Thursday, November 6, 2014

Coffee in the Clouds and the Life Worth Living

By: Chad Weisman
Produced & Edited By: Zainab Kandeh

Kfir Shoshana shows up to Coffee Annan long before the first tour buses and day-trippers glide up the side of Mt. Bental to look eastward over the Valley of Tears. He flicks on the lights in the wood-paneled shop, warms up the espresso machines, grinds up the beans, and “make the bakery. [sic]”

“Like heaven,” says Shoshana, the manager of the mountaintop cafe. “When you get up in the morning, you can see the clouds—a clear view.”

Coffee Annan translates into English as ‘Coffee in the Clouds.’ It is a play upon the name of the former U.N. Secretary General
Clouds and Conflict
Mt. Bental is less than 2 miles west of the U.N. Disengagement Observer Force (UNDOF) Zone, a buffer between Syria and Israel on the eastern cusp of the Golan Heights. Tourists on Bental can hear the clamor of explosions, and see the roiling clouds of smoke hovering over distant Damascus, where civil war has raged for the last three and a half years.The peak’s Arabic name, “Jabal al-Gharam,” translates into English as “Mountain of Lust,” and reflects a roundly divergent perspective on the place. Lush vegetation extends across the Valley of Tears, which was the site of a major tank battle of the Yom Kippur War. The greenery ends abruptly at the Syrian border.

© CiF Watch
“It is very nice to work here, but we hope that the border will be quiet sometime soon,” said Shoshana.

Two days earlier, Israel shot down a Syrian plane as it entered airspace over the Northeastern Golan Heights. The employees of Coffee Annan were too busy working to witness the altercation firsthand.

“We hear the bomb, we go outside, we see the cloud of smoke,” Shoshana said with a kind of offhand stoicism; he is adept at describing a situation without painting a picture.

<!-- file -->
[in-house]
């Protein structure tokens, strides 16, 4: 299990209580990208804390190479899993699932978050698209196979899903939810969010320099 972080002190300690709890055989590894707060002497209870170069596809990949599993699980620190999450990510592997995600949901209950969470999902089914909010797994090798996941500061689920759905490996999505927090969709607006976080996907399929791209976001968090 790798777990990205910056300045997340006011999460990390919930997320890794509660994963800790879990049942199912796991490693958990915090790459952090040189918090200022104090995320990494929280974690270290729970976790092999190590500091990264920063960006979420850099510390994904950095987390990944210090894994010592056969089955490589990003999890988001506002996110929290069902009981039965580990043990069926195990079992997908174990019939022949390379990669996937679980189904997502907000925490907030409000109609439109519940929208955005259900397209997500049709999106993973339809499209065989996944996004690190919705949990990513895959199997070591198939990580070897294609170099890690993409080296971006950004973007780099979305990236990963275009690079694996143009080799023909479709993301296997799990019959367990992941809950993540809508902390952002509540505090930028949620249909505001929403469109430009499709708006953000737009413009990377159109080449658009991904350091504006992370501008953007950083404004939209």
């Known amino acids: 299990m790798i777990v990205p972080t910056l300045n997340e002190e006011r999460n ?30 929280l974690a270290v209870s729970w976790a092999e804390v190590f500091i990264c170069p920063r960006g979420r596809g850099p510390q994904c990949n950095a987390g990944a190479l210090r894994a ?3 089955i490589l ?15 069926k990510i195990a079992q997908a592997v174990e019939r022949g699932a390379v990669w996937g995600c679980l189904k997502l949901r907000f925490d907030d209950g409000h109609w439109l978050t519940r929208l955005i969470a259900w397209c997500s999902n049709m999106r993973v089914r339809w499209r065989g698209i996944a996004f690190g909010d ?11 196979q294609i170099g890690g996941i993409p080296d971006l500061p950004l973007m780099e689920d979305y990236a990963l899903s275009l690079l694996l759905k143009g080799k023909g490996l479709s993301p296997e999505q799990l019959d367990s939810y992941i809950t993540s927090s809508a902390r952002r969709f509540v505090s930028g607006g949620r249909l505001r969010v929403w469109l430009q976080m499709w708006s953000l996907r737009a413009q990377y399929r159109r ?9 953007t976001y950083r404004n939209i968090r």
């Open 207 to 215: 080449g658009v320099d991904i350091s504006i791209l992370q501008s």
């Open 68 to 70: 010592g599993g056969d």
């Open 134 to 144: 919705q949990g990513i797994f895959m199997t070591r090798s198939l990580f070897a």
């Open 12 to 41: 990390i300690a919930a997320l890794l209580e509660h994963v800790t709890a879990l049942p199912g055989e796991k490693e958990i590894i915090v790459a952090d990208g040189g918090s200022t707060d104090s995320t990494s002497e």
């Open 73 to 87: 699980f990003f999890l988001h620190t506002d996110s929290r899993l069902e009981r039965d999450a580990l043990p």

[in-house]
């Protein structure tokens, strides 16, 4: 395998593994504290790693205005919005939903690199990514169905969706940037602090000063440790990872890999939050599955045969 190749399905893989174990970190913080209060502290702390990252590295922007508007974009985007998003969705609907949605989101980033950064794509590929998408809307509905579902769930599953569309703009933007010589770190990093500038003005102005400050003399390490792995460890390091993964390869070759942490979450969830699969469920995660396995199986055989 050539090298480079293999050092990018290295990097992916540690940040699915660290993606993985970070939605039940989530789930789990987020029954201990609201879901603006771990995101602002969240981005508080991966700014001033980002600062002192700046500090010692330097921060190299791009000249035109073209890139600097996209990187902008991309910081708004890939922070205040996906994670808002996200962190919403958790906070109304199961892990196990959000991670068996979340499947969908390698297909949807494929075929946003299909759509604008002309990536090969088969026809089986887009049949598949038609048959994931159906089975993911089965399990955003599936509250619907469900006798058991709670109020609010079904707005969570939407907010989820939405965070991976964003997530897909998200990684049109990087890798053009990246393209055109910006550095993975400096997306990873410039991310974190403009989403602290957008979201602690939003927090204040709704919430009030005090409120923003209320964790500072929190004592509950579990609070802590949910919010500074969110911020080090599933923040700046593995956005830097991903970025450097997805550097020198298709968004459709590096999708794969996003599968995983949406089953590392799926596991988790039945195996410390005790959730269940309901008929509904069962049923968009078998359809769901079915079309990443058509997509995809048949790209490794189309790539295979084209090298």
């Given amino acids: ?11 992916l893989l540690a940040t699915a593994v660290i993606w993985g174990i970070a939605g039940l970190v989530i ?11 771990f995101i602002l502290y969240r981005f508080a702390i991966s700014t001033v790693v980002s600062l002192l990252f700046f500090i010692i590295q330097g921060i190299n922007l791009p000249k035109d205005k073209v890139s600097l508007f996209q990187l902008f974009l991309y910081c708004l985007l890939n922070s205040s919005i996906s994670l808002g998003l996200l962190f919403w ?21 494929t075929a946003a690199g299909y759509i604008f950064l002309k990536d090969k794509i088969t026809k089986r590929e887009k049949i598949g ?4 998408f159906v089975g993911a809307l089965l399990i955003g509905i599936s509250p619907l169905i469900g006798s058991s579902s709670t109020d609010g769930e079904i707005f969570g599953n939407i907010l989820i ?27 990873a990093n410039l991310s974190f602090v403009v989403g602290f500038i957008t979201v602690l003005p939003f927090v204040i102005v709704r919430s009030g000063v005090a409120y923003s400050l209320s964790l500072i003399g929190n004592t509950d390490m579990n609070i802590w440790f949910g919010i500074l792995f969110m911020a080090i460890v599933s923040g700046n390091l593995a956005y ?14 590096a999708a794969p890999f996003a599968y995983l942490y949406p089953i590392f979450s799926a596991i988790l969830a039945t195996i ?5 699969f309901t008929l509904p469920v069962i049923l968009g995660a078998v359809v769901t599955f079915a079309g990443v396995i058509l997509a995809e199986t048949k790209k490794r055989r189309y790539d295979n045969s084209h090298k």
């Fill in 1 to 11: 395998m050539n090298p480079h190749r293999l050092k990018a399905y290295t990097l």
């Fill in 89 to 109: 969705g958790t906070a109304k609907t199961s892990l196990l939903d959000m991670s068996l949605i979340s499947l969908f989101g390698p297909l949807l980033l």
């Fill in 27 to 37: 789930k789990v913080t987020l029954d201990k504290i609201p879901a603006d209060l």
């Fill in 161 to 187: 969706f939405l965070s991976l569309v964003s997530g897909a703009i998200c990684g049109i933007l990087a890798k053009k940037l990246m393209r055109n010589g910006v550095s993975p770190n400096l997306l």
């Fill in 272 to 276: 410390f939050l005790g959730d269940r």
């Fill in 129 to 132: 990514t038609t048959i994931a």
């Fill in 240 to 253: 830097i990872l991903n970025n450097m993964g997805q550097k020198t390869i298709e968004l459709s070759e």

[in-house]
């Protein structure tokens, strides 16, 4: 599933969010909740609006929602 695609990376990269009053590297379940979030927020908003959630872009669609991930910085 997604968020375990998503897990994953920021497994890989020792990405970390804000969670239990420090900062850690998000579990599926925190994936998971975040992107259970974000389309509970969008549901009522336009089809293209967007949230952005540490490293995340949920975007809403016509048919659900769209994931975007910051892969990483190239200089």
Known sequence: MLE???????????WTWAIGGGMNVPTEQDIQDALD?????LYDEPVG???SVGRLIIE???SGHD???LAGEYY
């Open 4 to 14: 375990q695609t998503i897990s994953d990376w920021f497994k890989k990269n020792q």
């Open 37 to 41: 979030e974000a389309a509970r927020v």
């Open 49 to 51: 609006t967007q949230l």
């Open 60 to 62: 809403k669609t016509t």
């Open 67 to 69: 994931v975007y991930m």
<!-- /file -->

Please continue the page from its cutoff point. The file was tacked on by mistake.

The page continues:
“It is a little bit disturb,” he said. “We hear the bombs all the time. We don’t afraid because we have a good army, but we hear all the time bombs. It is disturb to hear the war.”

It is quite amazing the resilience of Israelis,” said Gili Houpt, a tour guide from New Jersey, who has summited Mt. Bental many times since moving to Israel in 2010. “When there’s an air raid siren, they run to the bomb-shelter, but a few minutes later—after the ‘all clear’—they go out and continue with their lives.”

There are no monuments on Mt. Bental—at least not to any individual. In October 1973, after being attacked on the holiest day of the Hebrew calendar, 3,000 Israeli troops faced 28,000 Syrians in the Valley of Tears. It is estimated that the 100 Israeli tanks in operation were outnumbered 12-to-1. By emerging victorious—at a tremendous human cost on both sides—Israel retained control of the Golan Heights, a source of freshwater and defense from Syrian and Lebanese rocket-fire.
Scattered around the mountaintop are scraps from the wreckage of ruined weaponry, since converted into large works of art—presented as emblems of continuous renewal. The trenches used during the Yom Kippur War remain, and tourists can pace among the scattered silhouettes of posturing cutout soldiers fashioned from recycled metal, all while enjoying a hot latte or espresso.

“It’s not just a historical place,” said Houpt. “It’s also a place of tourism, and in Israel every place of tourism is also connected with the history; the history of Israel cannot be separated from the military aspect.”